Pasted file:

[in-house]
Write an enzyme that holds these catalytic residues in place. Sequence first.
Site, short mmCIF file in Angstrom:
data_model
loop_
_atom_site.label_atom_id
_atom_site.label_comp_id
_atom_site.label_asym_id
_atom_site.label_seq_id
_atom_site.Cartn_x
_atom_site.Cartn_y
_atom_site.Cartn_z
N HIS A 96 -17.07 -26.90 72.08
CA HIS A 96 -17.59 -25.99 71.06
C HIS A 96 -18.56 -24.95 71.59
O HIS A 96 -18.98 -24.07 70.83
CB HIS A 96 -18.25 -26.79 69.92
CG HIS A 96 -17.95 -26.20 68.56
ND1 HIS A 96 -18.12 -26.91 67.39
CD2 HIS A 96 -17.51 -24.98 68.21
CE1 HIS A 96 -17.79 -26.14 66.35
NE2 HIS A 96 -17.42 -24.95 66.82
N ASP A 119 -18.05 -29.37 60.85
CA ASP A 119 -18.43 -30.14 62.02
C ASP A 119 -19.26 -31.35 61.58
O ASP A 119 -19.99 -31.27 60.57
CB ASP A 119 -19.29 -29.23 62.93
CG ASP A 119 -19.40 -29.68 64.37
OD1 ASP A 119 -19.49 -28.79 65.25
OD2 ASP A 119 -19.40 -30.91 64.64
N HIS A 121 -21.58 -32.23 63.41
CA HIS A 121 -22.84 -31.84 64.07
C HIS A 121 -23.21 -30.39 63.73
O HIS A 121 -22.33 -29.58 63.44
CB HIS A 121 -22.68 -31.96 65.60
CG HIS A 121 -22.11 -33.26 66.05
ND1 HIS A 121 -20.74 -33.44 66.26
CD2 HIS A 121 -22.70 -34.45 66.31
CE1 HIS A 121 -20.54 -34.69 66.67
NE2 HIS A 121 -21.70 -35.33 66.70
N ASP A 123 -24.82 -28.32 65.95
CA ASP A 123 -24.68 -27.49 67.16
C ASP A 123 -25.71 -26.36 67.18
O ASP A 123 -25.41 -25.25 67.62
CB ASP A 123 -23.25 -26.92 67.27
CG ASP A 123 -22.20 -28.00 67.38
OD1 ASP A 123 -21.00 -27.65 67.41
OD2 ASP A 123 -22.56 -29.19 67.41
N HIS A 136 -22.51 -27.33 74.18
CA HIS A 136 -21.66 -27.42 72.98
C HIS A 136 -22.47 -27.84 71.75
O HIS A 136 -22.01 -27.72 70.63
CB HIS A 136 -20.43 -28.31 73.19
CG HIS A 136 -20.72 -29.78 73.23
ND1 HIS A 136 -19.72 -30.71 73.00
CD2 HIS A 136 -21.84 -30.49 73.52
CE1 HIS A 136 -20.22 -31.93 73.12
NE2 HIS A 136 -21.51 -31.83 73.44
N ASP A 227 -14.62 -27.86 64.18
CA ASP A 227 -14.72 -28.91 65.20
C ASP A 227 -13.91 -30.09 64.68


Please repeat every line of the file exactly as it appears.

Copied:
[in-house]
Write an enzyme that holds these catalytic residues in place. Sequence first.
Site, short mmCIF file in Angstrom:
data_model
loop_
_atom_site.label_atom_id
_atom_site.label_comp_id
_atom_site.label_asym_id
_atom_site.label_seq_id
_atom_site.Cartn_x
_atom_site.Cartn_y
_atom_site.Cartn_z
N HIS A 96 -17.07 -26.90 72.08
CA HIS A 96 -17.59 -25.99 71.06
C HIS A 96 -18.56 -24.95 71.59
O HIS A 96 -18.98 -24.07 70.83
CB HIS A 96 -18.25 -26.79 69.92
CG HIS A 96 -17.95 -26.20 68.56
ND1 HIS A 96 -18.12 -26.91 67.39
CD2 HIS A 96 -17.51 -24.98 68.21
CE1 HIS A 96 -17.79 -26.14 66.35
NE2 HIS A 96 -17.42 -24.95 66.82
N ASP A 119 -18.05 -29.37 60.85
CA ASP A 119 -18.43 -30.14 62.02
C ASP A 119 -19.26 -31.35 61.58
O ASP A 119 -19.99 -31.27 60.57
CB ASP A 119 -19.29 -29.23 62.93
CG ASP A 119 -19.40 -29.68 64.37
OD1 ASP A 119 -19.49 -28.79 65.25
OD2 ASP A 119 -19.40 -30.91 64.64
N HIS A 121 -21.58 -32.23 63.41
CA HIS A 121 -22.84 -31.84 64.07
C HIS A 121 -23.21 -30.39 63.73
O HIS A 121 -22.33 -29.58 63.44
CB HIS A 121 -22.68 -31.96 65.60
CG HIS A 121 -22.11 -33.26 66.05
ND1 HIS A 121 -20.74 -33.44 66.26
CD2 HIS A 121 -22.70 -34.45 66.31
CE1 HIS A 121 -20.54 -34.69 66.67
NE2 HIS A 121 -21.70 -35.33 66.70
N ASP A 123 -24.82 -28.32 65.95
CA ASP A 123 -24.68 -27.49 67.16
C ASP A 123 -25.71 -26.36 67.18
O ASP A 123 -25.41 -25.25 67.62
CB ASP A 123 -23.25 -26.92 67.27
CG ASP A 123 -22.20 -28.00 67.38
OD1 ASP A 123 -21.00 -27.65 67.41
OD2 ASP A 123 -22.56 -29.19 67.41
N HIS A 136 -22.51 -27.33 74.18
CA HIS A 136 -21.66 -27.42 72.98
C HIS A 136 -22.47 -27.84 71.75
O HIS A 136 -22.01 -27.72 70.63
CB HIS A 136 -20.43 -28.31 73.19
CG HIS A 136 -20.72 -29.78 73.23
ND1 HIS A 136 -19.72 -30.71 73.00
CD2 HIS A 136 -21.84 -30.49 73.52
CE1 HIS A 136 -20.22 -31.93 73.12
NE2 HIS A 136 -21.51 -31.83 73.44
N ASP A 227 -14.62 -27.86 64.18
CA ASP A 227 -14.72 -28.91 65.20
C ASP A 227 -13.91 -30.09 64.68